United States v. Martin
United States Court of Appeals for the First Circuit
228 F.3d 1 (2000)
Caryn Camp was an unhappy chemist working for INDEXX, Inc. (INDEXX). While looking for jobs one day, Camp contacted Stephen Martin (defendant). Martin owned a company called WDV, Inc. Camp and Martin became pen pals, discussing their personal lives, families, and career aspirations. At first, the discussion was only casual. Soon Camp and Martin began discussing the details of their jobs, and Martin began to request specific confidential information about INDEXX. Martin expressed interest in forming a company that would compete with INDEXX. Camp provided this information, noting that she felt “like a spy” while doing so. The information exchange continued to escalate, with Camp’s providing confidential, competitive information and INDEXX property upon Martin’s request and encouragement. One day, Camp inadvertently sent an email intended for Martin to an INDEXX manager. Federal Bureau of Investigation agents approached Camp, and Camp agreed to cooperate with the prosecution of Martin for violation of the Economic Espionage Act of 1996 (EEA). In the prosecution, the jury found Martin guilty of conspiracy to steal trade secrets in violation of the EEA. Martin appealed, arguing that he had no agreement with Camp and did not intend to injure INDEXX, and that the information he received did not constitute a protectable trade secret.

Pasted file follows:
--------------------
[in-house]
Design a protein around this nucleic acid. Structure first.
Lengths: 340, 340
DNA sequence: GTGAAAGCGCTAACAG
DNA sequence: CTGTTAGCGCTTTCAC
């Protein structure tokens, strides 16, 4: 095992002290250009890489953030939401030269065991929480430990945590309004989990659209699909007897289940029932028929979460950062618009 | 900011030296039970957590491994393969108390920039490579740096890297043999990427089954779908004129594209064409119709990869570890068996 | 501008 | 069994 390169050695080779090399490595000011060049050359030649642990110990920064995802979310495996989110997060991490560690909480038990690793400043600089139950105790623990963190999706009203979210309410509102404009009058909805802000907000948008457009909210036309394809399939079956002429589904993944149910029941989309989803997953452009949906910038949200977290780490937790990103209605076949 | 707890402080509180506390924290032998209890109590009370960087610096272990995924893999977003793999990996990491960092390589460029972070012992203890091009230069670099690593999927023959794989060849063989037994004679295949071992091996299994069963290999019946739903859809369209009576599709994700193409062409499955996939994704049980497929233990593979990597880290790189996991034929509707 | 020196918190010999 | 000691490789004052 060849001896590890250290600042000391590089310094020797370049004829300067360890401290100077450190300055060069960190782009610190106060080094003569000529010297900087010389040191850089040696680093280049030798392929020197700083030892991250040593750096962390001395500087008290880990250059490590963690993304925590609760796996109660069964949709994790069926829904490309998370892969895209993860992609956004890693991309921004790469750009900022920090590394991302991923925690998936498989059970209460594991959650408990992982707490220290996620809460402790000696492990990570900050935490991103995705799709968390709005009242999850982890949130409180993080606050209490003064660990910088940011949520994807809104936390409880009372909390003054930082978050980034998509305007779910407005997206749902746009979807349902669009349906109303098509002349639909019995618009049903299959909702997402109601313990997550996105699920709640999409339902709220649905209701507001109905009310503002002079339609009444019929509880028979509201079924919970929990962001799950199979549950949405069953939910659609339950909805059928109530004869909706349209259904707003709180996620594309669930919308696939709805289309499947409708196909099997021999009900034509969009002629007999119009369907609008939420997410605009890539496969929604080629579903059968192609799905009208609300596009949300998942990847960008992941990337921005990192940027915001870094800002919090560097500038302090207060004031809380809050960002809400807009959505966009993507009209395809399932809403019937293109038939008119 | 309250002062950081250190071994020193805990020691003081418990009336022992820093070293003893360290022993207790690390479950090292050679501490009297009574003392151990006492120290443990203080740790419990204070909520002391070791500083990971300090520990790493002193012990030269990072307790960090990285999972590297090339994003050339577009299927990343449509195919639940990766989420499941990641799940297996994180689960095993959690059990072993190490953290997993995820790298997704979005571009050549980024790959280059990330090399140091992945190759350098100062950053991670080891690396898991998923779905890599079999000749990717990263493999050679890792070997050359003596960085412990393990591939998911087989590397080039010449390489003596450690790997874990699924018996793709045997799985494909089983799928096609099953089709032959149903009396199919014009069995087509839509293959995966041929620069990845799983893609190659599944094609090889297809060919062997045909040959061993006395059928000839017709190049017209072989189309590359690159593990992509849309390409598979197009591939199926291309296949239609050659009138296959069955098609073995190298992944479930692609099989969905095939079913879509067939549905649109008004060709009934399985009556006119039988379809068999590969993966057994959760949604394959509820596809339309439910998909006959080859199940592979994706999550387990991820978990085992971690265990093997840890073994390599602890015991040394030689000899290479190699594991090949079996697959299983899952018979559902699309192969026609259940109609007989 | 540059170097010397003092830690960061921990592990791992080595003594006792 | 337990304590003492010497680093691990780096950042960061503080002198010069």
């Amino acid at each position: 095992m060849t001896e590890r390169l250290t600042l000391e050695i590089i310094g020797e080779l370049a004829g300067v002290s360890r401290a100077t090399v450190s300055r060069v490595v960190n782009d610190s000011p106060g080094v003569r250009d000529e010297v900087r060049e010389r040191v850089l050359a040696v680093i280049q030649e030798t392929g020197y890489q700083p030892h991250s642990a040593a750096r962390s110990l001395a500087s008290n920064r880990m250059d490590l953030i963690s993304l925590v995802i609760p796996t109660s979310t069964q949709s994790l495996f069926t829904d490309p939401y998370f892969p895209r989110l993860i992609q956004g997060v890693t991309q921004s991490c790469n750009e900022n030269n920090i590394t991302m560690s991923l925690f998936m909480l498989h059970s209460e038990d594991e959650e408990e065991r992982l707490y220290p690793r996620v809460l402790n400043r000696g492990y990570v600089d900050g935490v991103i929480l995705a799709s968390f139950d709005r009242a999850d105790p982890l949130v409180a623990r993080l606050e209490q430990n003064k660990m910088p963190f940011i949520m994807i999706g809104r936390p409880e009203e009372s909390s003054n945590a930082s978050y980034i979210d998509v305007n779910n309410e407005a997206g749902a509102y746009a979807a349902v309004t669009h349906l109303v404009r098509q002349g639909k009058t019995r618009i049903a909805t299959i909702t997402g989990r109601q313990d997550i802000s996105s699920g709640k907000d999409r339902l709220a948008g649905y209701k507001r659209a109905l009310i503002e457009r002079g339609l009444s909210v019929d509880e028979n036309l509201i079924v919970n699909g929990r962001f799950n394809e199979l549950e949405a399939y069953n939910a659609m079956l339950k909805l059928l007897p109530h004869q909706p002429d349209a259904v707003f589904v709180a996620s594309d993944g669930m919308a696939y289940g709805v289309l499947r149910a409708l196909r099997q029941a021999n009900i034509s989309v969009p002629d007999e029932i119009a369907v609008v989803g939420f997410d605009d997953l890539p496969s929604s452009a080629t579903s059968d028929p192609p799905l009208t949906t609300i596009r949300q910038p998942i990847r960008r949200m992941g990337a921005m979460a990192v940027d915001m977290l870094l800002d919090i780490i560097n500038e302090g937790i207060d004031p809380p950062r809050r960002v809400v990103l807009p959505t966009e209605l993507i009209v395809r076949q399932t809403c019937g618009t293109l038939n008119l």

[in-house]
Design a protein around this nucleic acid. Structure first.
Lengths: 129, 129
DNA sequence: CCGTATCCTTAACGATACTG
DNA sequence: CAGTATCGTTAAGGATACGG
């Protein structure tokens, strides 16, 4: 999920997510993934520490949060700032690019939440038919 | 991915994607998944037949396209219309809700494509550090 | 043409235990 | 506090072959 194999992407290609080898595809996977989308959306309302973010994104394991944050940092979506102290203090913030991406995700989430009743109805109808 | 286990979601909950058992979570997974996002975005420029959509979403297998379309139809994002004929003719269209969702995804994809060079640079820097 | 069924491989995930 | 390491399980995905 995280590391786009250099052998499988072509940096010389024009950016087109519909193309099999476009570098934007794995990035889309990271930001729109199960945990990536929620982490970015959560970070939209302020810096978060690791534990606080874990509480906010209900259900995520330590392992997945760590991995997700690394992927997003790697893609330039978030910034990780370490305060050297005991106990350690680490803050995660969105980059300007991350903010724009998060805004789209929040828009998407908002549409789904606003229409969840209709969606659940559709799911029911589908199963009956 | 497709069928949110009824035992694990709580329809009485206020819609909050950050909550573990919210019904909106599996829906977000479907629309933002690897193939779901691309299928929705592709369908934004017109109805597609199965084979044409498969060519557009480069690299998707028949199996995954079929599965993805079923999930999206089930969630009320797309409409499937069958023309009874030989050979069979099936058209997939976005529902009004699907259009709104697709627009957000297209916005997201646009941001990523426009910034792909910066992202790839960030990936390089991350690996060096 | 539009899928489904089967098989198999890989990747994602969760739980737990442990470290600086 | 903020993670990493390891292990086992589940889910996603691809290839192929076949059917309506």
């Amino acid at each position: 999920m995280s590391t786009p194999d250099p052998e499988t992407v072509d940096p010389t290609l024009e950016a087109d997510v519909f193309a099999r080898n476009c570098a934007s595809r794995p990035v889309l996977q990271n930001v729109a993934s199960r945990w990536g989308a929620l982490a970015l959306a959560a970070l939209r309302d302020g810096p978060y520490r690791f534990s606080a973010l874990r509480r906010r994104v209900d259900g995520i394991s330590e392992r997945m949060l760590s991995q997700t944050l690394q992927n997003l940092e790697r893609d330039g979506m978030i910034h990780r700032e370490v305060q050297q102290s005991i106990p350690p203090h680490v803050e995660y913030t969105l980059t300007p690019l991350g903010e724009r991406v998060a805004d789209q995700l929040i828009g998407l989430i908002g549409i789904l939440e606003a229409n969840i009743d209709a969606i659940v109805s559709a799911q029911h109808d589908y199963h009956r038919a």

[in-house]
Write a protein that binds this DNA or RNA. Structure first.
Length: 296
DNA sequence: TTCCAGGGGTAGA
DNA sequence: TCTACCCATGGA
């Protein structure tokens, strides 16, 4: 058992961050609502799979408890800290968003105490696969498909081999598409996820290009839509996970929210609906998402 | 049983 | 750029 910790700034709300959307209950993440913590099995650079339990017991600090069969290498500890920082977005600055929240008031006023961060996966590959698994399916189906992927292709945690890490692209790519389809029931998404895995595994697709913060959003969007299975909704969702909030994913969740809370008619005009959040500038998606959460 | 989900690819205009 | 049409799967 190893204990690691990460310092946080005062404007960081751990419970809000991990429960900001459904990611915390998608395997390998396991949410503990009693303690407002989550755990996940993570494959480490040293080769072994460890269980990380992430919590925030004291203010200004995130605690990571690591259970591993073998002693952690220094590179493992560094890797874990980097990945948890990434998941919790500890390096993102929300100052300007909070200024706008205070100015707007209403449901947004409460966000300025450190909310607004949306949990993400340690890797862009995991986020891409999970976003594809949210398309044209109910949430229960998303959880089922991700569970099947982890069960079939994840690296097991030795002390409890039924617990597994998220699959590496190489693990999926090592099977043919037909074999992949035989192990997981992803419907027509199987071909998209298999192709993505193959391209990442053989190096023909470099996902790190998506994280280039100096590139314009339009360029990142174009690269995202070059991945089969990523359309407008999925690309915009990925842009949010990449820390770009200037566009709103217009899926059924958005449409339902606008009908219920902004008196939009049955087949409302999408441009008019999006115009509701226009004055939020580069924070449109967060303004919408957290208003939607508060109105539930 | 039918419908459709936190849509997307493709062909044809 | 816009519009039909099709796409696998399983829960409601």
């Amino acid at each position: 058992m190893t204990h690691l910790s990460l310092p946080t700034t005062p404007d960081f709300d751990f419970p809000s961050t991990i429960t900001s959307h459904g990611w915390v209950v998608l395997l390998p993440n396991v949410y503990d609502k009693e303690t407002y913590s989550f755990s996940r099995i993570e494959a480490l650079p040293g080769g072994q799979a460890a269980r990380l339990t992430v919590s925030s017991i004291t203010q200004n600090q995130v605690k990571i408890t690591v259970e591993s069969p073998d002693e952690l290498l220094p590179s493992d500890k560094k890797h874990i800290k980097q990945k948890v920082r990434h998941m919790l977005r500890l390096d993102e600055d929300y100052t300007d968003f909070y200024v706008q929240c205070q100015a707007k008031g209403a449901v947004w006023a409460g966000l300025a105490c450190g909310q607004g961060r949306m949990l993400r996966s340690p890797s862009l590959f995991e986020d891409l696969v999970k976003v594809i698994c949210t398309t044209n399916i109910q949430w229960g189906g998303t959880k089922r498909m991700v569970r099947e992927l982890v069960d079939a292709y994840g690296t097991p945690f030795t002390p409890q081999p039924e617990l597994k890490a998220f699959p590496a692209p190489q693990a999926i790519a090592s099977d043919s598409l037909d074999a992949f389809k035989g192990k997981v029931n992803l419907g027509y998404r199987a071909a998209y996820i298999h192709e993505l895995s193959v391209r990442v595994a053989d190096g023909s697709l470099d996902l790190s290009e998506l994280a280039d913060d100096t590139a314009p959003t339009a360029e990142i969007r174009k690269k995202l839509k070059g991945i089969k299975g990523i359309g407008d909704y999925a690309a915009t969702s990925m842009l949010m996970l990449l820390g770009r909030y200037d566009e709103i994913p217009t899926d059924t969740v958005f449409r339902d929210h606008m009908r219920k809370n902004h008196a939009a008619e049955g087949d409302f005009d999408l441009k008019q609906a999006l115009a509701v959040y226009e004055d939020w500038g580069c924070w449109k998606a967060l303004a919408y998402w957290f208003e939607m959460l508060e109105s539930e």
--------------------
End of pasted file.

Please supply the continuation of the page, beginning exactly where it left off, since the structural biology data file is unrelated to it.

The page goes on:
Rule of Law
Holding and Reasoning (Torruella, C.J.)
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